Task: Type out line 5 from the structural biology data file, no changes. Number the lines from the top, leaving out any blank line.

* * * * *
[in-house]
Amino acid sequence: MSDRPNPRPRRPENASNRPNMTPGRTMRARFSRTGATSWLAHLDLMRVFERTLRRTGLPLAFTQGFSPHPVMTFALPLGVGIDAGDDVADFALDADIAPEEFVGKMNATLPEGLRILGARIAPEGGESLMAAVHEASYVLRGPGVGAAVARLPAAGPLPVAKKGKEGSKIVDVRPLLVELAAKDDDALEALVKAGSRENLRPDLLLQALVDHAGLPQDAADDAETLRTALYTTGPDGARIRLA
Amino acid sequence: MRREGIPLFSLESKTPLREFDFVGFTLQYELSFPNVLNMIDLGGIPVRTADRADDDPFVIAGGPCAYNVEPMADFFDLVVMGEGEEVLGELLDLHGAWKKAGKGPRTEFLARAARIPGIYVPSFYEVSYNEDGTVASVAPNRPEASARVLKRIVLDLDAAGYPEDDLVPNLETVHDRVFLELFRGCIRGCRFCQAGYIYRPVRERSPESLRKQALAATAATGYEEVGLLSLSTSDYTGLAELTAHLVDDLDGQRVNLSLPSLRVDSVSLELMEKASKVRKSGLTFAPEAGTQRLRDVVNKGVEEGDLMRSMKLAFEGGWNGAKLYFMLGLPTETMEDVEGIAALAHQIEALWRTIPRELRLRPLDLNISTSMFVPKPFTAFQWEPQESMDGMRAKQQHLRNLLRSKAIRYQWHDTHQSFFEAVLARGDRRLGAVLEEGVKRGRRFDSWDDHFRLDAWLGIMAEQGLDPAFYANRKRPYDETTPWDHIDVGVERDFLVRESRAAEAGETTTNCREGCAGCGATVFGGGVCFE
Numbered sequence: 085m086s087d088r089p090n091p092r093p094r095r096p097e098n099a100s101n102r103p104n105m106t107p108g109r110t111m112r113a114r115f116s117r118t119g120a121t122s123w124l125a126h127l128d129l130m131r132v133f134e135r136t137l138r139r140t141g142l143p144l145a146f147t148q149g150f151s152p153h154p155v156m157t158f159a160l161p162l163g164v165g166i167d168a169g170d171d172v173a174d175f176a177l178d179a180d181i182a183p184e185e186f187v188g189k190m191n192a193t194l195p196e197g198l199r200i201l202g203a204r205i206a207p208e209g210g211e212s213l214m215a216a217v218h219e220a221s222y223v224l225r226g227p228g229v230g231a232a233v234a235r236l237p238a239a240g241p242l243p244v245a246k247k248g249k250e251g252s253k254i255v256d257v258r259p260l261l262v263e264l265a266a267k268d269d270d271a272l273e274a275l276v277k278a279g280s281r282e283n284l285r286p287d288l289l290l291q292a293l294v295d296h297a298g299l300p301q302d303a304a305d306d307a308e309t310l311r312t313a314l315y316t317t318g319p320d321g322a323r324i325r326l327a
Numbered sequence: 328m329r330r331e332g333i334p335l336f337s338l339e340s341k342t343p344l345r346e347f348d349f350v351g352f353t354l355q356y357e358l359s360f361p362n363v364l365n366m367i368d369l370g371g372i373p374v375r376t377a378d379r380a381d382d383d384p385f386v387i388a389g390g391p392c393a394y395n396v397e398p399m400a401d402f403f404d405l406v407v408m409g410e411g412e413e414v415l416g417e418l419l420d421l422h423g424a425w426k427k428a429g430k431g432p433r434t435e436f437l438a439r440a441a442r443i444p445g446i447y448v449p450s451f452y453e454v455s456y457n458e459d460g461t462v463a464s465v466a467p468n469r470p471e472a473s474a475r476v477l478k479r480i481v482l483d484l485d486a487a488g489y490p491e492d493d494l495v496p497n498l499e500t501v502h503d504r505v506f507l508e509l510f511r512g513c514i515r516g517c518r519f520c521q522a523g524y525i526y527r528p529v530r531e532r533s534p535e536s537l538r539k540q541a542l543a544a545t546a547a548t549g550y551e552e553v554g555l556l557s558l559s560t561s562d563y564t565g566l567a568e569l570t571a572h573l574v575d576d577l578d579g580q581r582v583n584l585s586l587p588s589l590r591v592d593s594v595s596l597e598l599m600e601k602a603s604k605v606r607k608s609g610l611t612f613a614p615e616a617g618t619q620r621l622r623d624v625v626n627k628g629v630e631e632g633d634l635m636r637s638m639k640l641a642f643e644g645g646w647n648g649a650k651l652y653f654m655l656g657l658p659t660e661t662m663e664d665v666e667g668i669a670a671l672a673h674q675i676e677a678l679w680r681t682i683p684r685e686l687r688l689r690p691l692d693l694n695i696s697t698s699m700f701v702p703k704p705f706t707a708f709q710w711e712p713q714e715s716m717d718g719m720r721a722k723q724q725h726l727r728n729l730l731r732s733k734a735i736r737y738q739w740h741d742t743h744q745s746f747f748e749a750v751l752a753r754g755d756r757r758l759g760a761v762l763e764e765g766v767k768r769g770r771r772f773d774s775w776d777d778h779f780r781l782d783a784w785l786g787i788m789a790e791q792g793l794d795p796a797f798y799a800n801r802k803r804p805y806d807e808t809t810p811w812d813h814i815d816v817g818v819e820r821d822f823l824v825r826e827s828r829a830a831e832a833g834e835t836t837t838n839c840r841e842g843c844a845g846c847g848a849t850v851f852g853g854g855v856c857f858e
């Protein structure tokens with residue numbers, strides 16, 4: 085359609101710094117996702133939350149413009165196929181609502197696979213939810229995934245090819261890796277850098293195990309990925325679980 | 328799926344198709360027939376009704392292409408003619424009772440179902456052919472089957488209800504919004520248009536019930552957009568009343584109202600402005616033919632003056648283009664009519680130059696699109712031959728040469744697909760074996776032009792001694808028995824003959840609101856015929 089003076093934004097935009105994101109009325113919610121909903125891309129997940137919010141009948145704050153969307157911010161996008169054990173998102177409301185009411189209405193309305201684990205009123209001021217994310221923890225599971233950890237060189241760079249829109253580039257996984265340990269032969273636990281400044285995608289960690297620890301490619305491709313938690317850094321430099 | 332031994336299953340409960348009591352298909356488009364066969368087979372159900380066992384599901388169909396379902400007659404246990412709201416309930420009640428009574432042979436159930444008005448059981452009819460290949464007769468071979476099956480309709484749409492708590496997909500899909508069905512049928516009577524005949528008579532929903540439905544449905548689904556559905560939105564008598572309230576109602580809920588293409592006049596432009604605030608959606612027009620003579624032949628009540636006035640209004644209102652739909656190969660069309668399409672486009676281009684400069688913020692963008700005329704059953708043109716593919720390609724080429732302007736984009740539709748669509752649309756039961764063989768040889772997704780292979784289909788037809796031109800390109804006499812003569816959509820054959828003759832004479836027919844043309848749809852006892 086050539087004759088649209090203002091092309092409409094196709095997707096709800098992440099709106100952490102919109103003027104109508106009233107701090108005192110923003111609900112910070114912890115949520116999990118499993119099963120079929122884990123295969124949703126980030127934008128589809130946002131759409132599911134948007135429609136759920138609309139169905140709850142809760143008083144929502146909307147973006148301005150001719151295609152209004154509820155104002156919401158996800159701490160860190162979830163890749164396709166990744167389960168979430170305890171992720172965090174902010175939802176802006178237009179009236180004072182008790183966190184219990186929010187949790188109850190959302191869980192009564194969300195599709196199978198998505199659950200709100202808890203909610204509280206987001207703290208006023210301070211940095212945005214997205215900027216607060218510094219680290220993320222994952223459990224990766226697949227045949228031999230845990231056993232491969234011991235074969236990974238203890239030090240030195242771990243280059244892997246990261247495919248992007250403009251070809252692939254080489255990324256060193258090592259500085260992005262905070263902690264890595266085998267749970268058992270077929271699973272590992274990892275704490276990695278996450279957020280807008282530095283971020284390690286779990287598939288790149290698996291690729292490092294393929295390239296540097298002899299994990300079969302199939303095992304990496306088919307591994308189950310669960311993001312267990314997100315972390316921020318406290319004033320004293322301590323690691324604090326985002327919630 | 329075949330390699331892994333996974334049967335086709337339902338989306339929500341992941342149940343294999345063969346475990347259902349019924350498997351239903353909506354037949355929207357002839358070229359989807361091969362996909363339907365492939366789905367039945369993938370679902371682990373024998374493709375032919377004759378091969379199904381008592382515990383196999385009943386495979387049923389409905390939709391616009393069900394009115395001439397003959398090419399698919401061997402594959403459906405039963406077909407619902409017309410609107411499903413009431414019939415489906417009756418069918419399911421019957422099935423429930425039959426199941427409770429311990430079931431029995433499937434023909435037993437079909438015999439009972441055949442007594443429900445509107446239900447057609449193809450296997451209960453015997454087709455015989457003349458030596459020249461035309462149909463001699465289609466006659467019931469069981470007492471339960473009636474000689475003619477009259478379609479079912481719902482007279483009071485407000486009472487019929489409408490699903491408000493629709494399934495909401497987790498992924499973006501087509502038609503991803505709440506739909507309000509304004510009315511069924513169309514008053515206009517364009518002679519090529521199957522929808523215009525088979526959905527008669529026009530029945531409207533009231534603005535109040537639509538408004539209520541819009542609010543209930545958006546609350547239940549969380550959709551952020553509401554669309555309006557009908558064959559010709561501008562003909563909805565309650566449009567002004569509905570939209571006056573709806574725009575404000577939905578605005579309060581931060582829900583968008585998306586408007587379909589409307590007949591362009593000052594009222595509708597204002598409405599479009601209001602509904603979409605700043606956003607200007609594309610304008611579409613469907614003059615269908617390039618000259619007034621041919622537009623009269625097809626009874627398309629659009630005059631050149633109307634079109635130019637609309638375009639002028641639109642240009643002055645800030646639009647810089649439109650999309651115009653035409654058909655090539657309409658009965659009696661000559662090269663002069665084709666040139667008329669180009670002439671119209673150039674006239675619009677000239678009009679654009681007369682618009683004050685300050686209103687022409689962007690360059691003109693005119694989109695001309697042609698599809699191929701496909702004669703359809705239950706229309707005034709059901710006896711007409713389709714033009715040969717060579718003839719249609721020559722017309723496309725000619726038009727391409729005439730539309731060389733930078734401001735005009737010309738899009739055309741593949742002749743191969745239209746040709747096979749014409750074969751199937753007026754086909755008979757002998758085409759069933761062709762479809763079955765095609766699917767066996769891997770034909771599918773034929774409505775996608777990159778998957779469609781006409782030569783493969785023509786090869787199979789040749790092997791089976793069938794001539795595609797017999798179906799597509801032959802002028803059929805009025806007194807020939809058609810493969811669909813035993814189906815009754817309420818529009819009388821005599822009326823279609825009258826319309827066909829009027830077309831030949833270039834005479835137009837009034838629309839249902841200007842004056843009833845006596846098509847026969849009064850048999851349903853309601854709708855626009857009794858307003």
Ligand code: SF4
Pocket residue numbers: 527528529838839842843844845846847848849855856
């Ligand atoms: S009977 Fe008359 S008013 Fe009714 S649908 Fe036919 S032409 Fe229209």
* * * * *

Numbered sequence: 328m329r330r331e332g333i334p335l336f337s338l339e340s341k342t343p344l345r346e347f348d349f350v351g352f353t354l355q356y357e358l359s360f361p362n363v364l365n366m367i368d369l370g371g372i373p374v375r376t377a378d379r380a381d382d383d384p385f386v387i388a389g390g391p392c393a394y395n396v397e398p399m400a401d402f403f404d405l406v407v408m409g410e411g412e413e414v415l416g417e418l419l420d421l422h423g424a425w426k427k428a429g430k431g432p433r434t435e436f437l438a439r440a441a442r443i444p445g446i447y448v449p450s451f452y453e454v455s456y457n458e459d460g461t462v463a464s465v466a467p468n469r470p471e472a473s474a475r476v477l478k479r480i481v482l483d484l485d486a487a488g489y490p491e492d493d494l495v496p497n498l499e500t501v502h503d504r505v506f507l508e509l510f511r512g513c514i515r516g517c518r519f520c521q522a523g524y525i526y527r528p529v530r531e532r533s534p535e536s537l538r539k540q541a542l543a544a545t546a547a548t549g550y551e552e553v554g555l556l557s558l559s560t561s562d563y564t565g566l567a568e569l570t571a572h573l574v575d576d577l578d579g580q581r582v583n584l585s586l587p588s589l590r591v592d593s594v595s596l597e598l599m600e601k602a603s604k605v606r607k608s609g610l611t612f613a614p615e616a617g618t619q620r621l622r623d624v625v626n627k628g629v630e631e632g633d634l635m636r637s638m639k640l641a642f643e644g645g646w647n648g649a650k651l652y653f654m655l656g657l658p659t660e661t662m663e664d665v666e667g668i669a670a671l672a673h674q675i676e677a678l679w680r681t682i683p684r685e686l687r688l689r690p691l692d693l694n695i696s697t698s699m700f701v702p703k704p705f706t707a708f709q710w711e712p713q714e715s716m717d718g719m720r721a722k723q724q725h726l727r728n729l730l731r732s733k734a735i736r737y738q739w740h741d742t743h744q745s746f747f748e749a750v751l752a753r754g755d756r757r758l759g760a761v762l763e764e765g766v767k768r769g770r771r772f773d774s775w776d777d778h779f780r781l782d783a784w785l786g787i788m789a790e791q792g793l794d795p796a797f798y799a800n801r802k803r804p805y806d807e808t809t810p811w812d813h814i815d816v817g818v819e820r821d822f823l824v825r826e827s828r829a830a831e832a833g834e835t836t837t838n839c840r841e842g843c844a845g846c847g848a849t850v851f852g853g854g855v856c857f858e